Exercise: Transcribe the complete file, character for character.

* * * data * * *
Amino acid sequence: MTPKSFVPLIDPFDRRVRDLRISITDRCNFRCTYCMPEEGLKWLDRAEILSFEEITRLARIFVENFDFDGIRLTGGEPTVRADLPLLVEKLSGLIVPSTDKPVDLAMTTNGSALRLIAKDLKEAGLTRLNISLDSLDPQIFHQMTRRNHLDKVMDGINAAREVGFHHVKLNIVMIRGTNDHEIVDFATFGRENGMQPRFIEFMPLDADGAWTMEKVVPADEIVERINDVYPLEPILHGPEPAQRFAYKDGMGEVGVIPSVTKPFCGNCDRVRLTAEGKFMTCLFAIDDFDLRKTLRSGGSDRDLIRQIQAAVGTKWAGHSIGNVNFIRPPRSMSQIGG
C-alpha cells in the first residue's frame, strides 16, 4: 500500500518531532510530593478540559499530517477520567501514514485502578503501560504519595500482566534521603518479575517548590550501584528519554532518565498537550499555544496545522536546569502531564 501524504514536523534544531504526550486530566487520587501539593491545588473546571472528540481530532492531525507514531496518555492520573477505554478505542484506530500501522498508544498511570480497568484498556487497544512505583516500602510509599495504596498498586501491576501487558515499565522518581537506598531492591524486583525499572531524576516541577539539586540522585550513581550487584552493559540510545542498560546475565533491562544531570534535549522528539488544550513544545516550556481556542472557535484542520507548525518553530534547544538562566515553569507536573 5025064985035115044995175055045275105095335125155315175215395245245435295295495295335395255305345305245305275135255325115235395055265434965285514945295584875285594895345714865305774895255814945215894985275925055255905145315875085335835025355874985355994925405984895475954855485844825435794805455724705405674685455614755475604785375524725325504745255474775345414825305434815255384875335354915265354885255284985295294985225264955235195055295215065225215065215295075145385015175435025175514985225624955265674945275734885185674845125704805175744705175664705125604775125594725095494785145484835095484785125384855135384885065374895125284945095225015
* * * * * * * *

Amino acid sequence: MTPKSFVPLIDPFDRRVRDLRISITDRCNFRCTYCMPEEGLKWLDRAEILSFEEITRLARIFVENFDFDGIRLTGGEPTVRADLPLLVEKLSGLIVPSTDKPVDLAMTTNGSALRLIAKDLKEAGLTRLNISLDSLDPQIFHQMTRRNHLDKVMDGINAAREVGFHHVKLNIVMIRGTNDHEIVDFATFGRENGMQPRFIEFMPLDADGAWTMEKVVPADEIVERINDVYPLEPILHGPEPAQRFAYKDGMGEVGVIPSVTKPFCGNCDRVRLTAEGKFMTCLFAIDDFDLRKTLRSGGSDRDLIRQIQAAVGTKWAGHSIGNVNFIRPPRSMSQIGG
C-alpha cells in the first residue's frame, strides 16, 4: 500500500518531532510530593478540559499530517477520567501514514485502578503501560504519595500482566534521603518479575517548590550501584528519554532518565498537550499555544496545522536546569502531564 501524504514536523534544531504526550486530566487520587501539593491545588473546571472528540481530532492531525507514531496518555492520573477505554478505542484506530500501522498508544498511570480497568484498556487497544512505583516500602510509599495504596498498586501491576501487558515499565522518581537506598531492591524486583525499572531524576516541577539539586540522585550513581550487584552493559540510545542498560546475565533491562544531570534535549522528539488544550513544545516550556481556542472557535484542520507548525518553530534547544538562566515553569507536573 5025064985035115044995175055045275105095335125155315175215395245245435295295495295335395255305345305245305275135255325115235395055265434965285514945295584875285594895345714865305774895255814945215894985275925055255905145315875085335835025355874985355994925405984895475954855485844825435794805455724705405674685455614755475604785375524725325504745255474775345414825305434815255384875335354915265354885255284985295294985225264955235195055295215065225215065215295075145385015175435025175514985225624955265674945275734885185674845125704805175744705175664705125604775125594725095494785145484835095484785125384855135384885065374895125284945095225015